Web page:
The fourth Eddic Poem in the Codex Regius, Grimnismol, tells the tail of two brothers and their dealings with Odin:
King Hrauthung had two sons, one called Agnar, and the other Geirröd. When Agnar was ten years old and Geirröd eight, they rowed out in a boat with their fishing gear to catch little fish, and the wind drove them out into the sea. In the darkness of the night they were wrecked on a shore. Going up from the beach, they found a poor peasant couple, with whom they stayed through the winter. The housewife took care of Agnar, and the husband cared for Geirröd and taught him wisdom.
In the spring the peasant gave the two a boat, and when the couple led them to the shore, the peasant spoke secretly with Geirröd. They had good winds, and soon came to their father’s landing place. Geirröd was in the prow of the boat. He leaped up on land, but pushed the boat back out.
“Go wherever evil may take you!” he said to Agnar.
The boat drifted out to sea. Geirröd went up to the house, and was well received, but learned his father was dead. The boy was made king, and in time became a renowned man.
Odin and Frigg sat in Hlithskjolf and looked over all the worlds.
“See how Agnar, your fosterling, begets children with a giantess in a cave?” said Odin. “But Geirröd, my fosterling, is a king, and now rules over his land.”
“Yet he is so miserly that he tortures his guests if he thinks that too many of them come to him.” said Frigg.
“That is the greatest of lies,” replied Odin.
“Then let us wager on this,” said Frigg.
She then sent her maid servant, Fulla, to Geirröd. The maid warned the king to beware of a magician who was coming to his land to bewitch him, and gave him this sign concerning the man: that no dog was so fierce as to leap at him.
Now it was a very great slander to say that King Geirröd was not hospitable, but nevertheless he had his men capture the man whom the dogs would not attack. He wore a dark blue mantle and called himself Grimnir the Hooded, but would say no more about himself, though he was questioned. The king had him tortured to make him speak, and set him between two fires, and he sat there eight nights.
King Geirröd had a ten year old son, called Agnar after his father’s brother. Agnar went to Grimnir, and gave him a full horn to drink from, and said that the king was wrong to let him be tormented with out cause. Grimnir drank from the horn. The fire had come so near that the mantle burned on Grimnir’s back. He spoke:
You are hot, fire! Too fierce by far. Begone now, flames!” he said. “My mantle is burnt, though I bear it aloft, and the fire scorches the fur. I’ve now sat between these fires for eight nights, and no man brought meat to me save Agnar alone, and alone Geirröd’s son shall rule over the Goths. Hail to you, Agnar! You are hailed by the Lord of Men. For a single drink, you will never receive a greater gift as reward.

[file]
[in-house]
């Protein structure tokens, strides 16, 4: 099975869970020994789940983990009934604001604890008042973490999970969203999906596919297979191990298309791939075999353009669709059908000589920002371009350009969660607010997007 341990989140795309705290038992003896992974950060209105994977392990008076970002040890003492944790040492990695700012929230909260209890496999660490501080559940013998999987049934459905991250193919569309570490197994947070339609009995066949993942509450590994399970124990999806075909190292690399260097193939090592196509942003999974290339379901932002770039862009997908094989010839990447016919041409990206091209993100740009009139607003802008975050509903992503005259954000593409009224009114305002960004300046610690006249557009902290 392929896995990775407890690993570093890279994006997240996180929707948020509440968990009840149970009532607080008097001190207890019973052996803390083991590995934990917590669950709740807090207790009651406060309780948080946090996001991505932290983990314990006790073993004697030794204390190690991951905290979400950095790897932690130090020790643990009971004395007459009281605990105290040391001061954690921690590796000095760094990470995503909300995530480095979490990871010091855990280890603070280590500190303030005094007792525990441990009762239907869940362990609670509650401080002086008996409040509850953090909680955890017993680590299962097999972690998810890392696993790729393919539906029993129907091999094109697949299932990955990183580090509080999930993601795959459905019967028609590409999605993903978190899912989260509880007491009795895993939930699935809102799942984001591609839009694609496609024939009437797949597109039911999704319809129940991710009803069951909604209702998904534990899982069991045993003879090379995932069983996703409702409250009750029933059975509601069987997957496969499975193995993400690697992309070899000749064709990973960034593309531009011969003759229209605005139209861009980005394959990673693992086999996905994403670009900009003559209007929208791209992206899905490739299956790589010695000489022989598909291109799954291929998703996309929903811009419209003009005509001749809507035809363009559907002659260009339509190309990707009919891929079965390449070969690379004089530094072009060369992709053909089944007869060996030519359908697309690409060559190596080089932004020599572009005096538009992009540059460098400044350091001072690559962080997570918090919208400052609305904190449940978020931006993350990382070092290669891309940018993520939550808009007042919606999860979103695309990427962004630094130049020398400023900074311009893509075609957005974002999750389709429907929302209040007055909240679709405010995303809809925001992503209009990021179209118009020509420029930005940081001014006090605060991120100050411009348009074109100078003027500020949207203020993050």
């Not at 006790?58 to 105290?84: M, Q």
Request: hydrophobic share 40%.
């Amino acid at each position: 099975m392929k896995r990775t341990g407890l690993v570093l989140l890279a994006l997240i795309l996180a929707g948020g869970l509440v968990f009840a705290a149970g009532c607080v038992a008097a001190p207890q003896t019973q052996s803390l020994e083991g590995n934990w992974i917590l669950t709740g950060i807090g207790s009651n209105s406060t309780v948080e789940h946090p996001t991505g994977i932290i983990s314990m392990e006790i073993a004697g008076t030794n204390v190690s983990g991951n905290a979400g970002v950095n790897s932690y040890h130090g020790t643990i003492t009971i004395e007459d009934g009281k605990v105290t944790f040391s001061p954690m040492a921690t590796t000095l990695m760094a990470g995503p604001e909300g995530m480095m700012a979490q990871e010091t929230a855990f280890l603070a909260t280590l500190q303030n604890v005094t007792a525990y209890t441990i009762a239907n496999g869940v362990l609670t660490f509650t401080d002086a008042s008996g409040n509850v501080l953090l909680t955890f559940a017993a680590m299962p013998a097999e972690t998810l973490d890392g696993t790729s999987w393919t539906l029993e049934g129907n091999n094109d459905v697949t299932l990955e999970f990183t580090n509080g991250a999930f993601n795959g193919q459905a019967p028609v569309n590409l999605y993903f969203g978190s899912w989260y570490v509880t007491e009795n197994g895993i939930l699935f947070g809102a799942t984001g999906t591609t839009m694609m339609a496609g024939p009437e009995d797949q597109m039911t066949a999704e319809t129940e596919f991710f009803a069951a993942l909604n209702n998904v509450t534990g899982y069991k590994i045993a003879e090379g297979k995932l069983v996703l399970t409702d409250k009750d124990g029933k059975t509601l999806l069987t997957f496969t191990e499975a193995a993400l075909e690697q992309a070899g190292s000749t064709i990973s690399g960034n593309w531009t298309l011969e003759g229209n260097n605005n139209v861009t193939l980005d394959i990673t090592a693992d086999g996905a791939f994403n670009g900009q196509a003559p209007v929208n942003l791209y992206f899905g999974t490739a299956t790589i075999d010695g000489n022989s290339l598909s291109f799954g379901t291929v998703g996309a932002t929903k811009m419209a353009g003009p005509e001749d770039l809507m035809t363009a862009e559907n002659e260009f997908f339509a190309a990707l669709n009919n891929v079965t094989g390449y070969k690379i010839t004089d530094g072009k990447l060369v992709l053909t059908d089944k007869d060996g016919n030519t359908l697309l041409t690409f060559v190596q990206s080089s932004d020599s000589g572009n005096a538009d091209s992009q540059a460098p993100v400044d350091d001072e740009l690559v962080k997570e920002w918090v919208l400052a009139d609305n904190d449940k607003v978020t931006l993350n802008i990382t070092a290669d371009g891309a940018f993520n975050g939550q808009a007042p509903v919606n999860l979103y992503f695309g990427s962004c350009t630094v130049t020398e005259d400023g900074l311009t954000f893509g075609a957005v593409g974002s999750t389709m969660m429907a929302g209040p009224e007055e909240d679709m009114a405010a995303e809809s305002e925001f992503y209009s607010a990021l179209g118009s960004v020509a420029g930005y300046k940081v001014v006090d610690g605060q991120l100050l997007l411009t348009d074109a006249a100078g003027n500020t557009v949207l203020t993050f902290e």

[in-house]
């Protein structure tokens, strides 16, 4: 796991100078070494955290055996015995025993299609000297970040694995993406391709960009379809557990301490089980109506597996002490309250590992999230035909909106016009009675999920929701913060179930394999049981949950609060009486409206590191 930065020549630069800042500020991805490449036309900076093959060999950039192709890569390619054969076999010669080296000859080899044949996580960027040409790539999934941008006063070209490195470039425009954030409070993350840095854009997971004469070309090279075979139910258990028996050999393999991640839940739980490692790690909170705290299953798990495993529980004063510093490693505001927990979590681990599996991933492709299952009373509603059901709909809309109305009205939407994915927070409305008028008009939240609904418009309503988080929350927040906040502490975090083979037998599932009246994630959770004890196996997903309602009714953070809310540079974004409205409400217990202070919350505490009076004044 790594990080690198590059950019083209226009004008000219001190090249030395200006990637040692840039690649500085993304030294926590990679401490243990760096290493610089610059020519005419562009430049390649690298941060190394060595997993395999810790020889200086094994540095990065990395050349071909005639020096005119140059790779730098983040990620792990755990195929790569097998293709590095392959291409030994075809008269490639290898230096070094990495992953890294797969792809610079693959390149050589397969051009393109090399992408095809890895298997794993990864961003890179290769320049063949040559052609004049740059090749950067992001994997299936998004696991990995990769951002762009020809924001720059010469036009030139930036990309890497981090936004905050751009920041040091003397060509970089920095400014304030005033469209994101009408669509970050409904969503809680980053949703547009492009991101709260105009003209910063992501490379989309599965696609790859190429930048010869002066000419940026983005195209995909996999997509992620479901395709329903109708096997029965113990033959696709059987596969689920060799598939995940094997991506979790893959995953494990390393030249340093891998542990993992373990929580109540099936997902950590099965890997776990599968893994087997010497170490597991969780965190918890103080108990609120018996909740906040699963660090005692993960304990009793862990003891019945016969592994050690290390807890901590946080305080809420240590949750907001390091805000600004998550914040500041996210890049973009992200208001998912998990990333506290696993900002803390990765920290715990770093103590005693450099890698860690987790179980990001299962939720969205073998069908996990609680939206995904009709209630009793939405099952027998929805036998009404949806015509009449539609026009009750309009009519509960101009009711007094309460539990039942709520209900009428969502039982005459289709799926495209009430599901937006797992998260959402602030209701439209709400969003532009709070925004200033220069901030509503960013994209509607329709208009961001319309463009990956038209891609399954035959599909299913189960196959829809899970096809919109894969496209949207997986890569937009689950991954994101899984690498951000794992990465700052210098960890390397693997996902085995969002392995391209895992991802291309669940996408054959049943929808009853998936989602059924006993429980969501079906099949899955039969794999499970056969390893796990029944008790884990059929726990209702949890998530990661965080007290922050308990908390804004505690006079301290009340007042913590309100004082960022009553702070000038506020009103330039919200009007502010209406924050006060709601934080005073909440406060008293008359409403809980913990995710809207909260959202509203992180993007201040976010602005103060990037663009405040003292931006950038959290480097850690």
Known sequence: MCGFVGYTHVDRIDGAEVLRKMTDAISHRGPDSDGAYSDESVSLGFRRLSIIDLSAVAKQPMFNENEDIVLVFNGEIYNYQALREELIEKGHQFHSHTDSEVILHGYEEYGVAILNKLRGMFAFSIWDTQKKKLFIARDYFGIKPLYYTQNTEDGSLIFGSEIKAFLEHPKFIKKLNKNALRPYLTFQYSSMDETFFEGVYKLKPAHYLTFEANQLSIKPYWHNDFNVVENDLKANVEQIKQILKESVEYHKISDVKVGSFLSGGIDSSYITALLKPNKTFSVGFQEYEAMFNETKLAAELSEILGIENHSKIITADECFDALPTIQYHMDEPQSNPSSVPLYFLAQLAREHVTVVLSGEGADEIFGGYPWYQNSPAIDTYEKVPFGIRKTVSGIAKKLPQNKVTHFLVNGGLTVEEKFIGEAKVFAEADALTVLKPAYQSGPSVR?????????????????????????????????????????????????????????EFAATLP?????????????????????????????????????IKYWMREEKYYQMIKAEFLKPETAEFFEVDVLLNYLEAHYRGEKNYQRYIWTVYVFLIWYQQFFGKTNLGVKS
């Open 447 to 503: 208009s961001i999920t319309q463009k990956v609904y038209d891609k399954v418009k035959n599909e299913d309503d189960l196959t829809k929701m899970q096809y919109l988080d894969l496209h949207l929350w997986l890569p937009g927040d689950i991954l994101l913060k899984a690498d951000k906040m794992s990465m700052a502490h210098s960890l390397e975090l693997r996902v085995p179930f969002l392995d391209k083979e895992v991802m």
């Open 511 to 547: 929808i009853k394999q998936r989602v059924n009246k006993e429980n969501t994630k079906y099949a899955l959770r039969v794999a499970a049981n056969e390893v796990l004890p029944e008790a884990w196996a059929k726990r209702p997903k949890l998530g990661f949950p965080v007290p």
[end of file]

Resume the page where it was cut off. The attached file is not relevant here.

The holy land lies close by. The gods, the elves, and Thor shall live together forever in Thruthheim, the place of might, until the gods are destroyed. Ull has built a hall for himself in Ydalir and the gods gave Alfheim to Freyr as a gift when he cut his first tooth in ancient times. There is a third home, Valaskjolf, thatched with silver by the hands of the gracious gods in days of old, built by a god for himself. Sökkvabekk, the sinking stream, is the fourth, where cool waves flow, and it stands amid their murmur. There each day, Odin and Saga drink happily from golden cups.
The fifth is Gladsheim, the place of joy, where golden, bright Valhalla stands, stretching wide. There, each day, Odin chooses men who have fallen in battle. Valhalla is easily recognized for one who comes to Odin and beholds the hall. Its rafters are spears, and it is roofed with shields. Breastplates are strewn on its benches. A wolf hangs by the western door, and over it an eagle hovers.
The sixth is Thrymheim, the house of clamor, where Thjazi, the marvelous mighty giant, dwelt. Now Skadi, the fair bride of Njord, lives in her father’s home. The seventh is Breidablik, where Baldr has there built his dwelling, in a land I know that lies fair and free from evil fate. Himinbjorg, heaven’s cliff, is the eighth, and Heimdall holds sway over men there in his well built house, where the warder of heaven gladly drinks good mead.
The ninth is Folkvang, the field of the folk, where Freyja decrees who shall have seats in her hall, Sessrymnir. Each day, she chooses half of the dead, and Odin has the other half,. The tenth is Glitnir, the shining. Its pillars are gold, and its roof set with silver. There most of his days Forseti dwells, and ends all strife. The eleventh is Noatun, the ship’s haven. There has Njord has built himself a dwelling. The sinless ruler of men sits there in his tall temple of timber. Vidi, Vidar’s land, is filled with growing trees and high-standing grass. There the son will leap down from his steed when the time comes to avenge his father.
In the kettle Eldhrimnir, Andhrimnir cooks the boar Sæhrimnir’s seething flesh, the best of food. Few men know that this is the fare on which the warriors feast. Odin feeds his wolves Freki and Geri, but the weapon decked god himself lives forever on wine alone. His ravens Hugin and Munin set forth each day to fly over Midgard. I fear for Hugin lest he does not come home, but for Munin I care even more.
The river Thund roars loudly about the hall, and Thjodvitnir’s fish joyously swims in the flood. It seems hard to the host of the slain to wade through the wild torrent. There, Valgrind, the sacred gate, stands, and behind it are the holy doors. The gate is old, but few there can tell how it is so tightly locked. There are five hundred and forty doors in Valhalla’s walls, and eight hundred fighters will pass through each when they go to war with the wolf.